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DNA-based sketch to be released in 1981 College Station killing

DNA-based sketch to be released in 1981 College Station killing

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Brazos County Sheriff Chris Kirk will release new information next week on a 35-year-old cold case involving the murder of a real estate agent in College Station.

Virginia "Ginger" Freeman, a 40-year-old mother of two, died in a secluded area on Greens Prairie Road on Dec. 1, 1981.

According to a story in The Eagle at the time, a man with a "country-sounding accent" had called Bryan Real Estate Mart around 3 p.m. asking to be shown a home. The man said he had $73,000 in cash to pay for the home. A half-hour after the call, Freeman had been stabbed 11 times in her neck, which had been broken as a result of strangulation. Investigators later learned Freeman had been sexually assaulted.

The television series National Geographic Explorer fronted the roughly $3,600 for an analysis known as Snapshot DNA Phenotyping, which "predicts the physical appearance of ancestry of an unknown person from DNA," according to the website of the company that did the analysis.

Freeman had DNA under her fingernails that could have been from her killer; the analysis used that DNA to create a sketch of a face, which Kirk will release next week. Kirk will release two images: one of the face of the possible killer at the time of Freeman's death in 1981, and one that, through the use of age-progression technology, will show what the potential killer's face could like today.

The case holds special relevance for Kirk: Freeman's slaying was the first he assisted with after joining the sheriff's office in 1980. In the years since, the agency, under multiple sheriffs, has followed up on leads and suspects, questioning men such as Henry Lee Lucas, who killed 100 women in 17 states, and Eugene Watts, who killed 11 women in the Houston and Galveston area, among other mass killers. Last year, investigators flew to Florida to follow a tip; it didn't lead anywhere.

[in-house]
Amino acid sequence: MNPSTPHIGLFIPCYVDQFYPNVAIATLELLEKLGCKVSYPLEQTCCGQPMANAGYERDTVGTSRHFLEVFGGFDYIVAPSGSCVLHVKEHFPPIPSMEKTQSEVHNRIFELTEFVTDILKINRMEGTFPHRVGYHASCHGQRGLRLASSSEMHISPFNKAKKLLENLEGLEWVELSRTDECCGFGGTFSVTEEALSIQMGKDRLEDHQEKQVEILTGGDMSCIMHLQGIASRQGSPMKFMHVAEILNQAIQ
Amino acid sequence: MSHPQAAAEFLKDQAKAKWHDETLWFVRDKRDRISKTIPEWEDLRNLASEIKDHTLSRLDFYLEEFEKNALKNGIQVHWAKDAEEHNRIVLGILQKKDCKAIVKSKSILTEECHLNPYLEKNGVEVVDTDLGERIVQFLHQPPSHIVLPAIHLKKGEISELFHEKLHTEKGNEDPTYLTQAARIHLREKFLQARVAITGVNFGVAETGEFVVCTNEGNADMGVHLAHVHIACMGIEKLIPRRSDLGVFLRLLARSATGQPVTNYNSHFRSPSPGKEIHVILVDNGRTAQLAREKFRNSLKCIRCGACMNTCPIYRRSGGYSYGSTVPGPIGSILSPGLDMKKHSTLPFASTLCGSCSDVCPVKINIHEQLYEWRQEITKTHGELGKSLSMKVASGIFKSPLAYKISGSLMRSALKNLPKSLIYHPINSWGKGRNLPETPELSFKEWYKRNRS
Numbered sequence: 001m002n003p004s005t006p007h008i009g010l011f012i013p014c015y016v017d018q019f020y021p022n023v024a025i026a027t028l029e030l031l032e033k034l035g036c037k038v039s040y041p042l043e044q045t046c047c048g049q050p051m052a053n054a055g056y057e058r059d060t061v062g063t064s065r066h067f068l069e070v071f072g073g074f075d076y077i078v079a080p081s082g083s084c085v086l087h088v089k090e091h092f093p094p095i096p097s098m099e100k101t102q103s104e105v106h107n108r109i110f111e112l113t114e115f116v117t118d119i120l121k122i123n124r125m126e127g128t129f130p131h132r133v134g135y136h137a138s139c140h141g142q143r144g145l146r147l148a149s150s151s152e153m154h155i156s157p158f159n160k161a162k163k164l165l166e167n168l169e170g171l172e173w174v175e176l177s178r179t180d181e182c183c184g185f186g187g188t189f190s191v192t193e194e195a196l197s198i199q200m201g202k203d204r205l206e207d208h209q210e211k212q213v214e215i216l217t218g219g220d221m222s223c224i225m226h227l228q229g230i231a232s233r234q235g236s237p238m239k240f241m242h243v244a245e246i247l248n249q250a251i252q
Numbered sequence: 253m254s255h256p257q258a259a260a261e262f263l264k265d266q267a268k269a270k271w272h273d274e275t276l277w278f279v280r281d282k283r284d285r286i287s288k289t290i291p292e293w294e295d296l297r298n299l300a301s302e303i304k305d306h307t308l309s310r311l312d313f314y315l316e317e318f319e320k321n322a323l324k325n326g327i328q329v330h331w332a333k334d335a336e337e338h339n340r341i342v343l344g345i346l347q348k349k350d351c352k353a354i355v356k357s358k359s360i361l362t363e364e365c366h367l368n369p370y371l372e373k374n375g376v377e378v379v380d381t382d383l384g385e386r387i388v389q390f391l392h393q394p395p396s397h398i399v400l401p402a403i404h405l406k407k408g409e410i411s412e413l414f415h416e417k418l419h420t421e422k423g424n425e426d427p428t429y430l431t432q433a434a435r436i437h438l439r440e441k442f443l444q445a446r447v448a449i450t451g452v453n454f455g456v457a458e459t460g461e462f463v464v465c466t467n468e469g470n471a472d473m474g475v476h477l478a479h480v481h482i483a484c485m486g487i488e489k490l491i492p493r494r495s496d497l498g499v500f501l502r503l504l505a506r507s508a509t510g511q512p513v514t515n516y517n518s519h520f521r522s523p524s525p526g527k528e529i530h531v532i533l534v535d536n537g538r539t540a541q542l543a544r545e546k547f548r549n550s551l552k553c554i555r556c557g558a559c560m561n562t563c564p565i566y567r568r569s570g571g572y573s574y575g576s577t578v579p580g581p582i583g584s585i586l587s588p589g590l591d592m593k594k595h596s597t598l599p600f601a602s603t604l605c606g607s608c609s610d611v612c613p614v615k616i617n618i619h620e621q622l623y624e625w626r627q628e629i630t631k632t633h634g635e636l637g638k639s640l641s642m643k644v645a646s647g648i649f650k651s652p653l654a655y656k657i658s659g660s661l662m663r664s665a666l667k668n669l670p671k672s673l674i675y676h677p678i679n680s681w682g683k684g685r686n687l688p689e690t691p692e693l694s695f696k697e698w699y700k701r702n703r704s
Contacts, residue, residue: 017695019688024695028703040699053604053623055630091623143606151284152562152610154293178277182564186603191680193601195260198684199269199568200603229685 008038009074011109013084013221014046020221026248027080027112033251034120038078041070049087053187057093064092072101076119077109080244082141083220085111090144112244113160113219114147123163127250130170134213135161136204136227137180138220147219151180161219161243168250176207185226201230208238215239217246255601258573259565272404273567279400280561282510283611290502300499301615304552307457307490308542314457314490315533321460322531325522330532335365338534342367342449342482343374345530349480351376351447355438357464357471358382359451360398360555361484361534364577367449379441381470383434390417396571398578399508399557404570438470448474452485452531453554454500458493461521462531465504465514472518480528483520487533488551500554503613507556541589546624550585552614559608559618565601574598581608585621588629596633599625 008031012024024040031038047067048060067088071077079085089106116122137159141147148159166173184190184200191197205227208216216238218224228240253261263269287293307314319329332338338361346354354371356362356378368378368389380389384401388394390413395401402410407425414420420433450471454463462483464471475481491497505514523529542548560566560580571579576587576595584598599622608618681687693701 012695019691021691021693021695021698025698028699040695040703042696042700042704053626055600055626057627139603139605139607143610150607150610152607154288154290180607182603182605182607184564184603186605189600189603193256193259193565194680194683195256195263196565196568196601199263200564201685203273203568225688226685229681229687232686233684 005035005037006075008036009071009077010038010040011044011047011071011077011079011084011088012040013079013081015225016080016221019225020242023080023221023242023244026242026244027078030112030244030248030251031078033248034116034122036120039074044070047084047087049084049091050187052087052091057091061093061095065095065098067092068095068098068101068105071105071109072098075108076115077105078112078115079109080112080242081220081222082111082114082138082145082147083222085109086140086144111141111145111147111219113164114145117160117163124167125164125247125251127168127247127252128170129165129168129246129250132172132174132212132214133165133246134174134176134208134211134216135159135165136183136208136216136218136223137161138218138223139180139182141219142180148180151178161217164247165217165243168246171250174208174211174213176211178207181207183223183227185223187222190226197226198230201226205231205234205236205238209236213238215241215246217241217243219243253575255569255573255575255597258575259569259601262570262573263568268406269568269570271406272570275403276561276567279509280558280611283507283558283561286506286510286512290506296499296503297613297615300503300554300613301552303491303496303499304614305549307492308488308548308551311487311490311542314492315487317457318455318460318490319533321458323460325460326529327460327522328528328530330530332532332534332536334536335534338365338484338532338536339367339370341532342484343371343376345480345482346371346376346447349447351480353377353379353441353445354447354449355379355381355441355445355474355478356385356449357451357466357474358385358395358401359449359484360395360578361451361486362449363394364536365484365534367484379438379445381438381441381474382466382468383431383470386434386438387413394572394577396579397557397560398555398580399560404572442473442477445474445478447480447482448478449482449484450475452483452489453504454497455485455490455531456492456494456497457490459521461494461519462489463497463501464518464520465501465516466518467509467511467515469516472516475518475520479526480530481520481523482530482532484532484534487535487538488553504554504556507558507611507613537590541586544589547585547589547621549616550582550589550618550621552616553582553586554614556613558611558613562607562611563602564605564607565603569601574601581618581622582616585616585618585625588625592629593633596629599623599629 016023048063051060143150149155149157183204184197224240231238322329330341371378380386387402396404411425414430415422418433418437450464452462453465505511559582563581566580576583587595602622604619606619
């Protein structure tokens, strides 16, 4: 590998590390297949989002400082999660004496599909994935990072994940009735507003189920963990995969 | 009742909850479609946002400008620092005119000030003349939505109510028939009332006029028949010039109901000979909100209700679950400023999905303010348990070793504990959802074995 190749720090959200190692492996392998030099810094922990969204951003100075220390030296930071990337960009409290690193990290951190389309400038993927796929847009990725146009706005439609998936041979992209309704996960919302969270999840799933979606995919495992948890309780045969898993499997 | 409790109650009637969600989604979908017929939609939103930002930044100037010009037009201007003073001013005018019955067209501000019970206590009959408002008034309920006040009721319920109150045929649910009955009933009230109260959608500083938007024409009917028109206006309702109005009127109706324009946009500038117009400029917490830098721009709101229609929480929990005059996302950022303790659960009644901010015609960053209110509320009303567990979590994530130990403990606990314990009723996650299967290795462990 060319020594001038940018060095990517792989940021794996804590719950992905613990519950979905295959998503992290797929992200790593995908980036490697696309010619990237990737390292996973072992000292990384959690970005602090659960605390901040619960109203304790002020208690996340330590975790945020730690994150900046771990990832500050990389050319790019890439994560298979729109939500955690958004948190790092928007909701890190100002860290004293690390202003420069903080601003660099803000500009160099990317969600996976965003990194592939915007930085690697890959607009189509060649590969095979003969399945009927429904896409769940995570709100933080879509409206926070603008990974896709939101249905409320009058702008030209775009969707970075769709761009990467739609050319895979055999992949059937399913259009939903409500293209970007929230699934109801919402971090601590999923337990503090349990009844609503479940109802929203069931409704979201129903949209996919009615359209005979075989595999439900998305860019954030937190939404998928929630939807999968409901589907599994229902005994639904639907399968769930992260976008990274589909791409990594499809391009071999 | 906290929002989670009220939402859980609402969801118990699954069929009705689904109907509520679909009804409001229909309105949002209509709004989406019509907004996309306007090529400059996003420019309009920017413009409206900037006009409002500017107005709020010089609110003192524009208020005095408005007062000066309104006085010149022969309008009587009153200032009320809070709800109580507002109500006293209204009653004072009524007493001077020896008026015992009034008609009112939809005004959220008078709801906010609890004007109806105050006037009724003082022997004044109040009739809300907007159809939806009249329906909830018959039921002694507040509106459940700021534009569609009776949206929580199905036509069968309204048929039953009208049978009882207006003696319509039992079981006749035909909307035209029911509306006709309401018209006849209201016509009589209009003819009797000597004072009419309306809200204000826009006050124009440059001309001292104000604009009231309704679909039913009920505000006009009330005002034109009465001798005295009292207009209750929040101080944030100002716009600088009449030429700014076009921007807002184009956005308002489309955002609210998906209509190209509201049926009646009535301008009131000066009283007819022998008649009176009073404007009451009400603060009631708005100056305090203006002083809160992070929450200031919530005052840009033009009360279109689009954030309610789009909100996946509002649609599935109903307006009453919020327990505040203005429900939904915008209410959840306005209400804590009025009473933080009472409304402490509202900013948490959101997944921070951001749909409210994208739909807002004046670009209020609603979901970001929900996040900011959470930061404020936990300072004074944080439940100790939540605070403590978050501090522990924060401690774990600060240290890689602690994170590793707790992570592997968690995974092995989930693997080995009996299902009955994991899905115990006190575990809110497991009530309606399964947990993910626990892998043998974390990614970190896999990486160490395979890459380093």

Kirk said the inability to find Freeman's killer wasn't for lack of trying.

"Certain technologies weren't available back then," he said, and the killer likely was from outside the state and possibly a serial killer.

The sheriff's office sent DNA to the state lab and checked it against a forensic DNA database from cases involving violent crimes. Given that there was no match in the database, Kirk said it's likely the DNA recovered from Freeman belonged to someone who had not been convicted of a crime.

Kirk said Freeman's case was among the top 12 Texas Ranger cold-case investigations.

"We're anxious to release this composite to see what it might generate for us," Kirk said.

In exchange for paying for the Snapshot DNA Phenotyping, Kirk consented to National Geographic Explorer making a documentary about the case and his office's investigation. Kirk said he wanted "to help National Geographic do their story, but we won't hold up our investigation," so he will release the composite images to the public next week.

Kirk, who has seen innumerable leads on this case fall through in the more than 35 years since Freeman died, could yet find justice for the College Station resident's death.

"Things haven't fallen in place for us to solve this one," Kirk said, pausing for a few seconds. "Yet."

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